Will EWCs become the victims of a hard Brexit?
Will EWCs become the victims of a hard Brexit?
What would a “hard Brexit” mean for European Works Councils, assuming that it is in fact what we are headed for? We asked a number of EWC experts for their view on this and they came up with 4 important conclusions:
- EWCs could no longer be legally “housed” in the UK.
- UK employees would no longer be legally entitled to be represented on EWCs.
- The continued existence of “Subsidiary Requirement” EWCs could be called into question.
- Question marks would be raised over UK union officials acting as experts to EWCs.
EWCs could no longer be legally “housed” in the UK
If the UK is outside the scope of EU labour law, EWCs can no longer be legally housed in the UK. There a are probably 200-250 EWCs subject to UK law. Many of them will look at Ireland as an alternative, as it is an English-speaking country with a common law tradition, similar to the UK. HPE has already set a precedent in announcing that it is moving the jurisdiction of its SNB from the UK to Ireland. The 2009 Directive leaves the choice of jurisdiction to management, where “central management” of the “controlling undertaking “ is not located in the EEA. It is not a matter for negotiations. It is likely that management teams will inform their EWCs within the next year as to where they intend to legally move, when the necessity arises.
UK employees would no longer be legally entitled to be represented on EWCs
Whether or not UK representatives’ membership lasts after Brexit may depend on the precise wording of the EWC agreement. It could well be that they sit on the EWC until their mandate comes to an end, or the agreement is renegotiated. Thereafter, their continued membership will be a matter subject to management agreement. It has been suggested that management will agree to the continued involvement of UK representatives because that is what they did in the period of 1996-1999 when the UK was outside the Maastricht social chapter. At that time, however, the UK was still a member of the EU, not a country that had just voted to leave. Moreover, if management agrees to including representatives from a country that has left the EU, what basis would they have to exclude representatives from other non-EEA countries, such as, for example, Turkey or Morocco? Coming to a decision on the continued involvement of UK representatives will be difficult, because it is never easy to say goodbye to people whom you may have been working with for many years.
The continued existence of “Subsidiary Requirement” EWCs could be called into question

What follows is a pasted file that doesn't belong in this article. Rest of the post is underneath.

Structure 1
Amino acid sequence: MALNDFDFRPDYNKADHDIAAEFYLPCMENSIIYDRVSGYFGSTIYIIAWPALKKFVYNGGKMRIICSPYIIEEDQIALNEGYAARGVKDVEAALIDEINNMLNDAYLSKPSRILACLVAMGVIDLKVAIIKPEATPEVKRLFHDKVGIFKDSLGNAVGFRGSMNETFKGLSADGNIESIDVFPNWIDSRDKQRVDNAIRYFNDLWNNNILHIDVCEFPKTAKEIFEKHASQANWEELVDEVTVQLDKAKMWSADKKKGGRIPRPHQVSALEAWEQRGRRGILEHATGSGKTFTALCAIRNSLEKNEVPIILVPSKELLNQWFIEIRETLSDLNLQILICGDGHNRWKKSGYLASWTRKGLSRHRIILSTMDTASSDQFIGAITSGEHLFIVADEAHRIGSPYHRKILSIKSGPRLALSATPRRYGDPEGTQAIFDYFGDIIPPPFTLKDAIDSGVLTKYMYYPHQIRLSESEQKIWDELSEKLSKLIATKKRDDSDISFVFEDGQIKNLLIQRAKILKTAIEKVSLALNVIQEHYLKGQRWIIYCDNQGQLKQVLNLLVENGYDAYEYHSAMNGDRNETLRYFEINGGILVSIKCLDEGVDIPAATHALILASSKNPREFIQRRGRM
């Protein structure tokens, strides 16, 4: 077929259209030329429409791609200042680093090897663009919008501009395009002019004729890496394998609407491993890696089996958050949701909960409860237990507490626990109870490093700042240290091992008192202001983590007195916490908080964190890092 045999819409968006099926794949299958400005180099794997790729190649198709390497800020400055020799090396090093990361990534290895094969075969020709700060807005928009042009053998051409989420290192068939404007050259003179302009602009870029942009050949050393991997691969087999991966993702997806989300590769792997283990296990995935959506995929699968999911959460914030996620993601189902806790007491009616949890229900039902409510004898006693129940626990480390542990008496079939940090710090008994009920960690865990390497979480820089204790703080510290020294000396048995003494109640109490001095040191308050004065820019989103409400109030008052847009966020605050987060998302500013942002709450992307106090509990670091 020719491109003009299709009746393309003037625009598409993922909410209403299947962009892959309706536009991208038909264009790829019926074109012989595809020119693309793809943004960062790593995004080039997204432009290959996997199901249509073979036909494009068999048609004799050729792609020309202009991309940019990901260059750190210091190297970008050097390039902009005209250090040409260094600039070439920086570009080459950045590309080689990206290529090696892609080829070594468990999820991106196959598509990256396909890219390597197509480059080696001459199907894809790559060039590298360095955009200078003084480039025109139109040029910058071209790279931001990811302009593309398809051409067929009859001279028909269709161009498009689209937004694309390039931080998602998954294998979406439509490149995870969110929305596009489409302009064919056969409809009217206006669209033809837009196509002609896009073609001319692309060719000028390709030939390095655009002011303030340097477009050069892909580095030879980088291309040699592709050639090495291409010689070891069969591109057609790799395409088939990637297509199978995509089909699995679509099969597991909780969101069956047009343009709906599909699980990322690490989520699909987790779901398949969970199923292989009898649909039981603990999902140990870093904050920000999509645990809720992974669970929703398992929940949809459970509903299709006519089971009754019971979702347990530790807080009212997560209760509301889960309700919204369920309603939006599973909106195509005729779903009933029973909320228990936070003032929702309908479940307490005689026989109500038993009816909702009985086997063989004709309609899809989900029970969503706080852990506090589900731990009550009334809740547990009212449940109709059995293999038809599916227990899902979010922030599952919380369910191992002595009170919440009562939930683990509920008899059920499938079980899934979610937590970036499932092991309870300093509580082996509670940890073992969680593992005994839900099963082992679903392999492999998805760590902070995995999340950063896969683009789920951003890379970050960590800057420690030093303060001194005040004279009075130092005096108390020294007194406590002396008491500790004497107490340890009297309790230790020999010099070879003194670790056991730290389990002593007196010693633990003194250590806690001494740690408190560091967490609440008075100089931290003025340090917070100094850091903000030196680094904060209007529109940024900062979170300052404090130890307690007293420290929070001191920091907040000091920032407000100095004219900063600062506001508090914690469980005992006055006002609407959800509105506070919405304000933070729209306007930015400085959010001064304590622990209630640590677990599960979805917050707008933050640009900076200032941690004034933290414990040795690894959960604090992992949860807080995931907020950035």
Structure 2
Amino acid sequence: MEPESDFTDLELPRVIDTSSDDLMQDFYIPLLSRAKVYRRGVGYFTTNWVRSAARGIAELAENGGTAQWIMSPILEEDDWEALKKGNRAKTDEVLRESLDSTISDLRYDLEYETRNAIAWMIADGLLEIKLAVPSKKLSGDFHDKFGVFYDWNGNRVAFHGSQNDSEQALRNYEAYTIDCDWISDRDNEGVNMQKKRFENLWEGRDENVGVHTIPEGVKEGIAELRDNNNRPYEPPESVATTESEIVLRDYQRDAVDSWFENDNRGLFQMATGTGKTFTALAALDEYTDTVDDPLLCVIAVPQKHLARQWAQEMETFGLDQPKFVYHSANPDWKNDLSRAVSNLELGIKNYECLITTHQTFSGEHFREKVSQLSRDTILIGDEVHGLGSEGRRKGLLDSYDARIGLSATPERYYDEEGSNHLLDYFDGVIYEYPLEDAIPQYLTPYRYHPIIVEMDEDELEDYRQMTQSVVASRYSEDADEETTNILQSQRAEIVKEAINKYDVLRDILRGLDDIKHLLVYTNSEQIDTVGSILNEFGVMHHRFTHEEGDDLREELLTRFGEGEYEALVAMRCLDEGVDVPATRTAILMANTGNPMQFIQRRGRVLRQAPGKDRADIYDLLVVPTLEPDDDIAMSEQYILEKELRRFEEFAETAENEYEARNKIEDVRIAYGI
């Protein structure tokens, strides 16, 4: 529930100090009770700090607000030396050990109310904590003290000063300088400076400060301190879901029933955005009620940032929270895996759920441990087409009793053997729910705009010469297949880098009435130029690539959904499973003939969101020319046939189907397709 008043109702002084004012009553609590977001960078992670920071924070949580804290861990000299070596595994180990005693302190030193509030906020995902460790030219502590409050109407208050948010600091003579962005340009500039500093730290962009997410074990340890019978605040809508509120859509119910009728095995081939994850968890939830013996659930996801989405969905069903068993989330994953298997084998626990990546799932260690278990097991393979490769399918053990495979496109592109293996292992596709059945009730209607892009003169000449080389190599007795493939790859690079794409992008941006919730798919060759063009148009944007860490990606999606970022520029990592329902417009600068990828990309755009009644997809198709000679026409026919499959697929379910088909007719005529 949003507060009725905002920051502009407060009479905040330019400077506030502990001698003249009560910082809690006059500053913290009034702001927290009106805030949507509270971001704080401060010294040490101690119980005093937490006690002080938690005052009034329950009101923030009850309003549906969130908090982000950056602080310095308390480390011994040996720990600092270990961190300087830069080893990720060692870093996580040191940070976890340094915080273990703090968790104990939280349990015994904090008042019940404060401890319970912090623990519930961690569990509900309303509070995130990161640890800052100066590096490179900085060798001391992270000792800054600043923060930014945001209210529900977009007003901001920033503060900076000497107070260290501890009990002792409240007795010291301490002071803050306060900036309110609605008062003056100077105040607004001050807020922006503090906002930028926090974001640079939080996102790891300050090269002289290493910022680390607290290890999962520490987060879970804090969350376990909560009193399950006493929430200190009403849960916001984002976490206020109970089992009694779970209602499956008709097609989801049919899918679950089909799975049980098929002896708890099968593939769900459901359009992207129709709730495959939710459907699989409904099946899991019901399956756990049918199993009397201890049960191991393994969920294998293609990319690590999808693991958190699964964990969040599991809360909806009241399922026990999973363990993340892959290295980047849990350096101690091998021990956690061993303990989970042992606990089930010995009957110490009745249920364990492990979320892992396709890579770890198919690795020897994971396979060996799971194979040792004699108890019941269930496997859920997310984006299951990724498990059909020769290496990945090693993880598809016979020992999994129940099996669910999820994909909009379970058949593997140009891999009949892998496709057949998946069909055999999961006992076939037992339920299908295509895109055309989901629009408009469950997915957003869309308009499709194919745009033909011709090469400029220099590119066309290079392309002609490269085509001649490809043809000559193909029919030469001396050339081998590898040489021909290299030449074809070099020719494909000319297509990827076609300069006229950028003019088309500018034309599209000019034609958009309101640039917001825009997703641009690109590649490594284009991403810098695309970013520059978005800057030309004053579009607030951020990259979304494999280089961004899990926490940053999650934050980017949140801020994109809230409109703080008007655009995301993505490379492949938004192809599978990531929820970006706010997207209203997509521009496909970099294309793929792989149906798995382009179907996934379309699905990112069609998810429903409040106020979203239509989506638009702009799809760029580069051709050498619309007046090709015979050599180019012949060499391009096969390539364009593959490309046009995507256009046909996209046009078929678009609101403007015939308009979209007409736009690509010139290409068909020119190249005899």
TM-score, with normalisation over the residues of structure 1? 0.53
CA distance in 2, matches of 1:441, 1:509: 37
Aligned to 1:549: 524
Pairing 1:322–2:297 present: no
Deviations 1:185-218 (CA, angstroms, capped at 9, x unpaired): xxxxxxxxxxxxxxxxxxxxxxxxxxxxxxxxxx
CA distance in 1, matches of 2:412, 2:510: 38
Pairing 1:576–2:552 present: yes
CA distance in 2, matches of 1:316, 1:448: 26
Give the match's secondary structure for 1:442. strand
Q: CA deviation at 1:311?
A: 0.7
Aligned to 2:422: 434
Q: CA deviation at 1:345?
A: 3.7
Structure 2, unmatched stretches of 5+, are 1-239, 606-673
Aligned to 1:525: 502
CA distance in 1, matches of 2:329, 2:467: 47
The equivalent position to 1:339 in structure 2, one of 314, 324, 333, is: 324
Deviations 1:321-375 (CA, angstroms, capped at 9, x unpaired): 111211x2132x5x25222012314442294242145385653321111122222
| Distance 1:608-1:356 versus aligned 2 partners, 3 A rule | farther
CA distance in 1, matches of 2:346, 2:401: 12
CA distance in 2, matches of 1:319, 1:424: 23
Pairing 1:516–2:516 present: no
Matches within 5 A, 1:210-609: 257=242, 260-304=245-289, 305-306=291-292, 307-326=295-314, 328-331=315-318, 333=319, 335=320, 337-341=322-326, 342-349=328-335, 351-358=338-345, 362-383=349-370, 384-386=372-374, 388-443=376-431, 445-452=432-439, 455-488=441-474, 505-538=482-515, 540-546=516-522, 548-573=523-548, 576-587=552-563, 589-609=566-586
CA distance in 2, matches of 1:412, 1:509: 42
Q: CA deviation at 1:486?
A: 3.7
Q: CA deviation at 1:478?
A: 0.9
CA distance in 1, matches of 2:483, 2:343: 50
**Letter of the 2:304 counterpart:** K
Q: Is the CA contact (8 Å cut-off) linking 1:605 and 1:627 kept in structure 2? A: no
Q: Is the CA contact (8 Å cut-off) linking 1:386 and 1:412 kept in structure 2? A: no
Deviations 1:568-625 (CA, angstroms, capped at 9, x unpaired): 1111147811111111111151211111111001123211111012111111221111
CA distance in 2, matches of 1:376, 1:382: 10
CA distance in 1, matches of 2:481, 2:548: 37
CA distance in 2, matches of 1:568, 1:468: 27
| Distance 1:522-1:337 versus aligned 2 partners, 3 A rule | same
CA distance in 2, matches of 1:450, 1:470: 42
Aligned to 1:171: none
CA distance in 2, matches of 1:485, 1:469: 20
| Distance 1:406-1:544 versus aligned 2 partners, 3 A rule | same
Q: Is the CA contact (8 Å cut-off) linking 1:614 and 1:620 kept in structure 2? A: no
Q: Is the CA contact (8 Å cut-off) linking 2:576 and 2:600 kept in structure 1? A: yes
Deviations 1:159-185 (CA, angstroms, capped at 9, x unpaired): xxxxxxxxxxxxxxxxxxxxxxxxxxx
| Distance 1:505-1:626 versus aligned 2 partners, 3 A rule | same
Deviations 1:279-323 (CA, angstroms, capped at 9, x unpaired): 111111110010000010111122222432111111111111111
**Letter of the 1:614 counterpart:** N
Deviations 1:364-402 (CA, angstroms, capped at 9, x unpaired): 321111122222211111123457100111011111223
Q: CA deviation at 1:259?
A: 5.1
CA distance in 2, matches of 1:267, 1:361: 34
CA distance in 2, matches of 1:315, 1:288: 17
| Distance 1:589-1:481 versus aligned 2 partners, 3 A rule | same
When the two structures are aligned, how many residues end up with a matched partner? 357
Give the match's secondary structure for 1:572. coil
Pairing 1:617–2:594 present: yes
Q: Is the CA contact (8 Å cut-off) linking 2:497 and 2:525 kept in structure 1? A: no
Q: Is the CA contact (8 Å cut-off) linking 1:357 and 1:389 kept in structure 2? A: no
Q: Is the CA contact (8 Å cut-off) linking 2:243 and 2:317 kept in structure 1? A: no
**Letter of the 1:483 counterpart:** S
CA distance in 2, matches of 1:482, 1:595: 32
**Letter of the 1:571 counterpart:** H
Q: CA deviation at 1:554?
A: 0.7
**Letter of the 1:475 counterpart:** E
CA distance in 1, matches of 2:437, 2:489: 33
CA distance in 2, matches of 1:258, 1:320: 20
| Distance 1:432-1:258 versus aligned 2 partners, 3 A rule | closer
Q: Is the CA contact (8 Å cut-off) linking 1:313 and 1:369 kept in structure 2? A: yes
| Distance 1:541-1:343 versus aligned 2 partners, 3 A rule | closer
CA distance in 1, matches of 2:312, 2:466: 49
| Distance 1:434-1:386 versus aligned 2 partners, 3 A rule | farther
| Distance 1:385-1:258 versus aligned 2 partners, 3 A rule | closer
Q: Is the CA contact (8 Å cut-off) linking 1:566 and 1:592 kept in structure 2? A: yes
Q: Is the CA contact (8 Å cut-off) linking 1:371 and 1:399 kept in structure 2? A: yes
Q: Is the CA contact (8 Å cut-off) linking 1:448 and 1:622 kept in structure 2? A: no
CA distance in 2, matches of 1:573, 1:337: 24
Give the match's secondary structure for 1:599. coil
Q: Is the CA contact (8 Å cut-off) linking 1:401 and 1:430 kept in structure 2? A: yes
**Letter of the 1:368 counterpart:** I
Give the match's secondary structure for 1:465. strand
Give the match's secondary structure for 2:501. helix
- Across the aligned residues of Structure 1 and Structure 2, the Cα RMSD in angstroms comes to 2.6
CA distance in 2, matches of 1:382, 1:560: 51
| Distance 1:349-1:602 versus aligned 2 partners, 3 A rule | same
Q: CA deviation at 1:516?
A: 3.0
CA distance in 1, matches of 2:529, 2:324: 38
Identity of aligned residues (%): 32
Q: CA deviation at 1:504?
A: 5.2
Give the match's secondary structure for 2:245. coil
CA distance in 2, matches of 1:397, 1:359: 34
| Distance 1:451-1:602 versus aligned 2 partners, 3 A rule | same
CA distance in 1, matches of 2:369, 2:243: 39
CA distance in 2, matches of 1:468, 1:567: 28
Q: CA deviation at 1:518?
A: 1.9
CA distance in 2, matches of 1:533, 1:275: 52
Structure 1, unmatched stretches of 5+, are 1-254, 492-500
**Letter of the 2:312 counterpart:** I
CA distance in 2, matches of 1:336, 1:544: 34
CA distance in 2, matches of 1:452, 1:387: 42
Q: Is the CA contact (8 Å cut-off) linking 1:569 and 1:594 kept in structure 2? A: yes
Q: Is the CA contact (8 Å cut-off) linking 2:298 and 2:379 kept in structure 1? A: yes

EWCs set up under the Subsidiary Requirements are governed directly by the law, TICER, in the case of the UK. While prime minister May has said that she will introduce a “Great Repeal Act” to incorporate all EU law into domestic UK law, this will mean nothing in the case of TICER. UK domestic law cannot have any transnational effect. If TICER becomes transnationally ineffective, this could mean that EWCs based on the Subsidiary Requirements are no longer legally valid and should come to an end. It might be necessary for employees elsewhere in the EEA to request the establishment of a new SNB to negotiate a replacement EWC. These matters cannot be predicted with any certainty at this point, but they need to be considered carefully by all parties. The EWC Directive says nothing about what is to happen when a country, in which an EWC is legally housed, leaves the European Union.
Question marks would be raised over UK union officials acting as experts to EWCs
As noted above, there are probably somewhere between 200 and 250 EWCs working under UK law. Many of these have UK union officials acting as their “experts” for the understandable reason that they are familiar with UK EWC law and UK labour relations procedures, such as the referral of disputes to the Central Arbitration Committee (CAC). But if the UK is outside of the EU and outside of EU labour law, what value can UK experts bring to EWCs? Why would EWC members want a UK expert if the EWC is subject to the laws of another jurisdiction? In any other case than when the agreement is subject to Irish law, language and the ability to read the relevant legislation would become an issue. This of course leads to the question on the damage that a Brexit will do to North/South relations in Ireland. The Irish Labour Court may not take kindly to UK union officials turning up to tell them what the EWC Directive, as transposed into Irish law, means. In this case, it may not be wise for EWCs to work with a UK expert.
The Brexit is an unprecedented situation. If it takes the shape of a hard Brexit, many things will change radically. UK involvement with EWCs will then no doubt become part of the collateral damage.